- In fact, HGV driver wages rose 12.8% between February and August
- Salaries ranging from £35k to £50k are now common with signing up bonus payments
- The RHA states that the cost of training for a Category C or Category C+E license is approximately £1,500. Is
I’ve been working as an office administrator in a job that I haven’t had any real special interest in since leaving university and after reading recent reports I’m thinking about training as an HGV driver.
I love the idea of not being stuck in an office, feeling like I’ve accomplished something every day, and the many stories I’ve read suggest that I can earn twice as much as I do now.
I have a normal driving license and passed my test seven years ago.
People are tempted to pay higher salaries and sign up bonuses when they sign up for training to become an HGV driver
What do I need to do to train as an HGV driver, how long does it take, how many hours, will I only work in the UK or travel abroad, and what kind of salary can I really expect? Am?
I’m not quite sure I believe some of these reports claim that £70,000 a year is being offered to drivers.
Angelique Ruzika of This Is Money says: It’s easy to get attracted by the hefty bonuses and salaries being used to lure old and new drivers into the industry.
The industry has been crying out for more people playing the role of heavy goods driver for many years, but it has now been made worse by a perfect storm of Brexit, the pandemic, poor working conditions and reduced working hours.
The industry, acknowledging its shortcomings, is trying to transform itself to make the roles friendlier and gain some flexibility to work with women and families.
But to woo people, increase in wages, cash incentives and inflation are now on the table.
It’s safe to say that for many, it has not been considered a career because of the poor pay prospects, challenging hours, and the unhealthy nature of driving all day. But this is changing.
Martin Dean, Chief Account Manager, Road Haulage Association
Between February and August, the average advertised salary for HGV drivers increased by 12.8 percent, according to job site Indeed.
It’s actually growing by just one percent compared to the average salary across all jobs and 7.6 percent in jobs in general.
The work is still tough, and it can be lonely on the streets.
In addition, getting the right training can be costly, (see the Road Haulage Association’s response below).
But if you keep your ears to the ground there’s a good chance you can get a logistics or retail business to pay a fee in exchange for agreeing to work for a specific period of time.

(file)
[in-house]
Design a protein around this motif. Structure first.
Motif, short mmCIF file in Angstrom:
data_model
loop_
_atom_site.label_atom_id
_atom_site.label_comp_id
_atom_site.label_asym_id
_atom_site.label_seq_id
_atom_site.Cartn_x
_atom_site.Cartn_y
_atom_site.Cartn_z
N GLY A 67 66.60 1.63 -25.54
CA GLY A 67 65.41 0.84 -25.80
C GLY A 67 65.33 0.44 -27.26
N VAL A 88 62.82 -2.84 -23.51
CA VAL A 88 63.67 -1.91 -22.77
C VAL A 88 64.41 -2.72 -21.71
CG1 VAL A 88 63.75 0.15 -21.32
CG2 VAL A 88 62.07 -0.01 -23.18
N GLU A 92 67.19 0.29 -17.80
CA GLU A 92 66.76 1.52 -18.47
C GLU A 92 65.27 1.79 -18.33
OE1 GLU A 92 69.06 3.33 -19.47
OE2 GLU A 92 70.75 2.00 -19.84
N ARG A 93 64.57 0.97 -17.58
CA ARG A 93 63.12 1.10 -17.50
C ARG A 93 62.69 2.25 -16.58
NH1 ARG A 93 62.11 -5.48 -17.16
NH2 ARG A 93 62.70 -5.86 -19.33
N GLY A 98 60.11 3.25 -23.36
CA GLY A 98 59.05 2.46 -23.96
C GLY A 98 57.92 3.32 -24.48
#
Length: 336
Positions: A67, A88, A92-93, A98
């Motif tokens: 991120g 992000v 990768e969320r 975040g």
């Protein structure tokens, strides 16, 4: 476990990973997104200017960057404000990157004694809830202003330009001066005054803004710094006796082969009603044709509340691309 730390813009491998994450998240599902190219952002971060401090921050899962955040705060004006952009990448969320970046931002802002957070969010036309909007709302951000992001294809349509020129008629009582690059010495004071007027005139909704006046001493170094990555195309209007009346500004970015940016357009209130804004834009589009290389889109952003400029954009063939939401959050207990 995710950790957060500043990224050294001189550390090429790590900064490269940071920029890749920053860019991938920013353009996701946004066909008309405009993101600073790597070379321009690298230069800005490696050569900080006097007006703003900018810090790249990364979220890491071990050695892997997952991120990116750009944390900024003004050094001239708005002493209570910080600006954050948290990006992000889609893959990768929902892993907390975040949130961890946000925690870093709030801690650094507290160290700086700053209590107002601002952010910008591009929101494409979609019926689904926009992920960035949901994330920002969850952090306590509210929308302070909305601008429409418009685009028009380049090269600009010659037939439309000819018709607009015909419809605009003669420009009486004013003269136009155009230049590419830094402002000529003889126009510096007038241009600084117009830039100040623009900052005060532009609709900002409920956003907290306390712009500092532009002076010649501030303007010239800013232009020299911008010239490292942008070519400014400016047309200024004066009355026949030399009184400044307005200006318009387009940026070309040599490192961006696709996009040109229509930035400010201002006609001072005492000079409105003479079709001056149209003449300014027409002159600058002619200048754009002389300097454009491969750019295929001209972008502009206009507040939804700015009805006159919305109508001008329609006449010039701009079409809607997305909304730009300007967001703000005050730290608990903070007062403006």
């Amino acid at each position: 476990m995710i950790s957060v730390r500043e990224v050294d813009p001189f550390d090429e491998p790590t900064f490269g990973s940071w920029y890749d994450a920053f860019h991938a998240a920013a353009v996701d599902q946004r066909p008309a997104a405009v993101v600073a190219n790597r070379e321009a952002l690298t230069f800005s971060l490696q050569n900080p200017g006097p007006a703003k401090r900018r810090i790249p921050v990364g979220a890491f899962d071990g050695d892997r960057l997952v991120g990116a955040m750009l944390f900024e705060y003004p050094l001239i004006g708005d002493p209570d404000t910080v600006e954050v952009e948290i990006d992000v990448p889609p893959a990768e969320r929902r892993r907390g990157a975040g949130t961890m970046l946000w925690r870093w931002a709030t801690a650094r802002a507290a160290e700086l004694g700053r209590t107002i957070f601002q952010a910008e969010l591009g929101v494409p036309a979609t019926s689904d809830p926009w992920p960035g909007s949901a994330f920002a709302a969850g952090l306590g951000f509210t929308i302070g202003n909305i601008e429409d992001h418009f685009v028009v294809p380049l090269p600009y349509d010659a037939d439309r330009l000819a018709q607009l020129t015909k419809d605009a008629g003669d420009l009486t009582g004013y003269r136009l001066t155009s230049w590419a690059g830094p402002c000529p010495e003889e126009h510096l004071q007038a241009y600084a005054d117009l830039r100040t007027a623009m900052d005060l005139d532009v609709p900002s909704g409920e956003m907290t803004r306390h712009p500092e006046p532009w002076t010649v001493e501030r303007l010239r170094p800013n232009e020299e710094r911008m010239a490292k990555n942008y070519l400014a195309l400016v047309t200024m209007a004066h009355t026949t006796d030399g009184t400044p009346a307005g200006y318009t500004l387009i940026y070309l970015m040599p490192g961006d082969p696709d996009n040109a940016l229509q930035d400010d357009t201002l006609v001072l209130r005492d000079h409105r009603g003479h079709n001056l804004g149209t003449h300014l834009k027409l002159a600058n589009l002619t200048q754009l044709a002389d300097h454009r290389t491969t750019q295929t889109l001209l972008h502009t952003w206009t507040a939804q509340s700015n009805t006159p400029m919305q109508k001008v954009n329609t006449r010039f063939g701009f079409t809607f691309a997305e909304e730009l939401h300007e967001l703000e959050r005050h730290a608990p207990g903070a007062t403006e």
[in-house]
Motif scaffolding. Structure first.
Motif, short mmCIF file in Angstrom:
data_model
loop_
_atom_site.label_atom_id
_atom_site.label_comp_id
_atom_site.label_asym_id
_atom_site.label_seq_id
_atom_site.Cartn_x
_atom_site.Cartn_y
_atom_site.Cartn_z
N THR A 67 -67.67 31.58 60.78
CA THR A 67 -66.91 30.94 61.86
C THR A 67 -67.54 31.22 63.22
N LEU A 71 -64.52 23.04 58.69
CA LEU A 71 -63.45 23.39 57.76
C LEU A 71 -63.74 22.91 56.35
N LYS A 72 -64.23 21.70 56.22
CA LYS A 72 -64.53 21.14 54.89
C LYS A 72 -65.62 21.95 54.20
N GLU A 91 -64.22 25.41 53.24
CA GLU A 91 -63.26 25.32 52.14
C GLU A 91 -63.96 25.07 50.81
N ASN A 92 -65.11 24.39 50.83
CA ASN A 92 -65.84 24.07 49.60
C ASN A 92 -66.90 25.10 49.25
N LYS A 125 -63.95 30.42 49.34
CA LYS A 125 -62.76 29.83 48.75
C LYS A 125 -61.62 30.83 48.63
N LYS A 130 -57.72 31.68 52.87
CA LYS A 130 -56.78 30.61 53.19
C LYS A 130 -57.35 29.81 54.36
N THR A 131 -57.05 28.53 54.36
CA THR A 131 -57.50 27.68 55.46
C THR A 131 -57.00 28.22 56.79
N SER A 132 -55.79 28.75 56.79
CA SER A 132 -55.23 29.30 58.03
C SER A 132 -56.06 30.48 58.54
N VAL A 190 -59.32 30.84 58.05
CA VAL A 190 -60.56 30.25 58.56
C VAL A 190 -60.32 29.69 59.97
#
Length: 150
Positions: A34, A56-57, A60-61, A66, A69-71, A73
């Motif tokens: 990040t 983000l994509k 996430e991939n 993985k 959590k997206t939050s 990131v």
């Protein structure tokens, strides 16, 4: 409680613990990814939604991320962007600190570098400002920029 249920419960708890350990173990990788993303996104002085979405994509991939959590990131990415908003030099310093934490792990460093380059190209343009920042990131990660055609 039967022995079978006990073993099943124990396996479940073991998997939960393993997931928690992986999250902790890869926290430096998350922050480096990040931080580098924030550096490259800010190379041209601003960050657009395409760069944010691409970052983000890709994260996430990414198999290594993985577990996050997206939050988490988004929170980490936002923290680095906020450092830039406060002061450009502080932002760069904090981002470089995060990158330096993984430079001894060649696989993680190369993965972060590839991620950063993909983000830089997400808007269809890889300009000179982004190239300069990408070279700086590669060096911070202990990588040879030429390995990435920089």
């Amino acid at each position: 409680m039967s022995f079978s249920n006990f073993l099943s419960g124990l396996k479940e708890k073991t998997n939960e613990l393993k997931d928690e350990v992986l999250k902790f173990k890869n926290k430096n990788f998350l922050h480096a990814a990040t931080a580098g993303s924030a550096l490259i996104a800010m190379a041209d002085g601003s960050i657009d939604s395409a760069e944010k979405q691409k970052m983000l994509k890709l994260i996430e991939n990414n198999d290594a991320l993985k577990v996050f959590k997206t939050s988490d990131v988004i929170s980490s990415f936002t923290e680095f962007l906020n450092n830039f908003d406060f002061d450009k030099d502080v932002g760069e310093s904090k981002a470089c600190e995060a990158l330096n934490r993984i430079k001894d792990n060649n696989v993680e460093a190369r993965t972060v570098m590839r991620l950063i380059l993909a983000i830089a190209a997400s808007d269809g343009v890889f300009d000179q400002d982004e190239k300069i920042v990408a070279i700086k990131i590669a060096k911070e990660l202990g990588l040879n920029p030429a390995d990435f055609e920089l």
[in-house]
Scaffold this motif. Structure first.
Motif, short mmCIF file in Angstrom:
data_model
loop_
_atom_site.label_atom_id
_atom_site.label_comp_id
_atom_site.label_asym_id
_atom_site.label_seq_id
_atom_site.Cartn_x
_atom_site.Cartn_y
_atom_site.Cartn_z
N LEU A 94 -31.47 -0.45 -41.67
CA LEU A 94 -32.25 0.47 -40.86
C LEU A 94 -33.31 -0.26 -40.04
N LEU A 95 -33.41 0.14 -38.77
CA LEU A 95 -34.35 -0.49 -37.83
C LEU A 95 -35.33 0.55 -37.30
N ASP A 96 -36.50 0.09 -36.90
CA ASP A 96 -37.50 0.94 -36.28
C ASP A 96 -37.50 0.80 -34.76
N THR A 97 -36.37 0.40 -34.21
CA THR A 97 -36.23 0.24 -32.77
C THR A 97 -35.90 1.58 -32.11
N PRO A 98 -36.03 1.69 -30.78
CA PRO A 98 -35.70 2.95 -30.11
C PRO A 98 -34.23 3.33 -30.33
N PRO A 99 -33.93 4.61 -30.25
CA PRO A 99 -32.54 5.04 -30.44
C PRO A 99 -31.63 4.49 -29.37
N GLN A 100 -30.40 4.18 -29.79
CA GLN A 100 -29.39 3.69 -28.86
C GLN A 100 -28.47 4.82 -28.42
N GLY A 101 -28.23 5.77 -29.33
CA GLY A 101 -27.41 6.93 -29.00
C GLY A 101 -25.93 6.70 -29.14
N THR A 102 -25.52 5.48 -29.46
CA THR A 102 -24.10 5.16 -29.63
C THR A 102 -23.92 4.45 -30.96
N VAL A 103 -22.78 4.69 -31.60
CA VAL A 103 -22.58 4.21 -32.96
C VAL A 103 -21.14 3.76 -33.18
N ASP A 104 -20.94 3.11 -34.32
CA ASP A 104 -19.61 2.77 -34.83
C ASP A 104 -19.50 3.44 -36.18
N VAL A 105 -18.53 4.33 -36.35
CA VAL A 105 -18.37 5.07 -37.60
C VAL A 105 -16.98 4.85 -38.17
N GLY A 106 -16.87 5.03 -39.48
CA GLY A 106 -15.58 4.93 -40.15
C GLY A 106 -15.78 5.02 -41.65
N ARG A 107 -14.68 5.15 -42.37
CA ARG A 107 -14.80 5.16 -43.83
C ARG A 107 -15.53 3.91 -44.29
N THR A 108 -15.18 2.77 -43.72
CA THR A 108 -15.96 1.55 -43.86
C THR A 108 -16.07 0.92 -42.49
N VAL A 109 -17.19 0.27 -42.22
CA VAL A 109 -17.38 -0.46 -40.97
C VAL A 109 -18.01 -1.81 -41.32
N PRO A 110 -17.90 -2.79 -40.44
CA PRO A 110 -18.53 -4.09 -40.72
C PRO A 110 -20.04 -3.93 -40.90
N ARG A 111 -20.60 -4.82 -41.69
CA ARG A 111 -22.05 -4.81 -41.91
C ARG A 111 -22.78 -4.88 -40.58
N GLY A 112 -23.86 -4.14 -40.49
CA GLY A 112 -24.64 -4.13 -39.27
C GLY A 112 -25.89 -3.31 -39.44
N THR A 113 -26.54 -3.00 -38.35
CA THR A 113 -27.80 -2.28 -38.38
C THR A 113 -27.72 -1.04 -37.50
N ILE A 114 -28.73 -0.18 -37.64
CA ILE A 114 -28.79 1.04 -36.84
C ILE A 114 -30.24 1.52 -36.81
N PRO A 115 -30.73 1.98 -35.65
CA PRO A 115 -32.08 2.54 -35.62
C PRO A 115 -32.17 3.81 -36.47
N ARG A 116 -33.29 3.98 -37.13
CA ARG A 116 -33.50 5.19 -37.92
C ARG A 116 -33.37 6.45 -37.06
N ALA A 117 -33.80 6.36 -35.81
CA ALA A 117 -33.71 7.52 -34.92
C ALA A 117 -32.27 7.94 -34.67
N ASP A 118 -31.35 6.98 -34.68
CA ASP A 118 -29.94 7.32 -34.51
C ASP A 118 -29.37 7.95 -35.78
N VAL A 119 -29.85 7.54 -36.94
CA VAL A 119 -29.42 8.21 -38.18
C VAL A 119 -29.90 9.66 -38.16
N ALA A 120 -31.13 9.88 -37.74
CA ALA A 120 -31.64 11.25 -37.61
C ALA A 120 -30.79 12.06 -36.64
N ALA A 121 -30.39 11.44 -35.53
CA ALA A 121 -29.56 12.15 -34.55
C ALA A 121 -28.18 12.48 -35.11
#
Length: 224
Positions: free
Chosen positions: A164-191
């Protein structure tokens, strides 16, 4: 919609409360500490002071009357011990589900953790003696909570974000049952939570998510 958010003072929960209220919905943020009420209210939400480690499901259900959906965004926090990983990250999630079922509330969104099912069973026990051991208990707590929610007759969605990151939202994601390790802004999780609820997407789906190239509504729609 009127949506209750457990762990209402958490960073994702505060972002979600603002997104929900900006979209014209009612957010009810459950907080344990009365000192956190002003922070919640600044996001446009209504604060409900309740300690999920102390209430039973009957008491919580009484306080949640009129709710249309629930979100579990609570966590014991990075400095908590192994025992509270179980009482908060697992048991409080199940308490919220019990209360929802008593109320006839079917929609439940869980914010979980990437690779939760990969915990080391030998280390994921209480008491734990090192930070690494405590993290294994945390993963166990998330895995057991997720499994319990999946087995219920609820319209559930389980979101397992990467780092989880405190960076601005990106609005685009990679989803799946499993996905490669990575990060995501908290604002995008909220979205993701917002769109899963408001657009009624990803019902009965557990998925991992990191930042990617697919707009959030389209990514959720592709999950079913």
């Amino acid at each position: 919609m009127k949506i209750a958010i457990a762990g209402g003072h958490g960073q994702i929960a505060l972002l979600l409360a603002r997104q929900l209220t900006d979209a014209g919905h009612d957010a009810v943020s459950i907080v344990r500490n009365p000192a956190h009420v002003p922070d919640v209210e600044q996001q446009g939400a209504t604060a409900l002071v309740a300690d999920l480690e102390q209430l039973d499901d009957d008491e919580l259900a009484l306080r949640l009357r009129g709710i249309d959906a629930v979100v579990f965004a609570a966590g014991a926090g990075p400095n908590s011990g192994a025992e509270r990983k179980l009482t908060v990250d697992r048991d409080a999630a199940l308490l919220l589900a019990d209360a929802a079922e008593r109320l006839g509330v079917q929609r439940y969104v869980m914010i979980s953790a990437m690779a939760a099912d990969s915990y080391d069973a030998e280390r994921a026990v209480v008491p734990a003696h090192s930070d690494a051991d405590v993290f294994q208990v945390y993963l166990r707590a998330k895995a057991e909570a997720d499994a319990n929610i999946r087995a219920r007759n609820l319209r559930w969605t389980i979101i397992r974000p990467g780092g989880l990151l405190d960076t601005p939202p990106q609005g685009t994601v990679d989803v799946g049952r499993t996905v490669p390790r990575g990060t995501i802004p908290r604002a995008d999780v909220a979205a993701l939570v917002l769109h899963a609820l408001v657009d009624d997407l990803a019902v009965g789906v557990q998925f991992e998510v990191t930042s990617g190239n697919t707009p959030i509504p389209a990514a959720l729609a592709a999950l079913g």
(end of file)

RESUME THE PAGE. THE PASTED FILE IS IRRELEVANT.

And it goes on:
Will the government help pay for the training?
The government can also pick up the tab. This month it announced that a total of 4,000 people will soon be able to take advantage of training courses to become HGV drivers.
The Department of Education is investing up to £10 million to build a new skills bootcamp to train 3,000 people.
Gov.uk says that: ‘The free, short, intensive courses will train drivers to be road-ready and obtain Category C or Category C and E licences, helping to tackle the current HGV driver shortage.
‘An additional 1,000 people are expected to be trained through courses available locally and funded by the government’s adult education budget.’
HGV drivers were never paid well, but that is changing and there are reports that drivers are now making more money than some head office executives from the likes of Waitrose.
However, if you’re looking for a well-paying job where you can rise up the ranks quickly and perhaps even go through less training than you would to become an HGV driver, industries and companies are also crying out for workers in the hospitality sector. , and those who employ factory and agricultural workers.
Transportation experts share advice and pay guidance
We asked two road haulage experts to tell you more about what’s involved in training and working as an HGV driver
RHA’s Martin Dean says HGV driver industry now offers more flexibility in terms of change
Martin Dean, principal account manager for the Road Haulage Association, said: ‘To drive the HGV, you will initially need a car license Category B.
‘Then you can take a Category C test to drive a rigid HGV over 3.5kg and you must pass a Category C+E test to drive a clear HGV.
‘Currently, you must pass all three categories of tests including a theory test to be allowed to drive a clear vehicle.
‘As soon as you have a Category B license in January 2022, and you are 18 years or older, the law will change and be able to take the C+E exam.
‘Every five years you will need a driver certificate of professional competency (DCPC) 35 hours of training to maintain your vocational right to driving.
‘Training can take place in two intensive courses of six weeks each. For those who wish to train for Category C or Category C+E, it is approximately £1,500.
It is claimed that retailers like Waitrose are now paying better salaries to HGV drivers than some of their head office executives because of labor shortage
‘There are many job opportunities as there is a recognized shortage of HGV drivers – over 100,000.
‘Drivers are restricted to EU driver hour regulations, which limit driving to a maximum of 90 hours of driving time in a fortnight.
Lorry drivers also come under working time directive. This means that you are not allowed to work more than 48 hours during the reference period.
‘There are driving jobs suitable for everyone. The ‘trampers’ spend the night sleeping in their trucks, but you can be a day driver where you only work during the day and…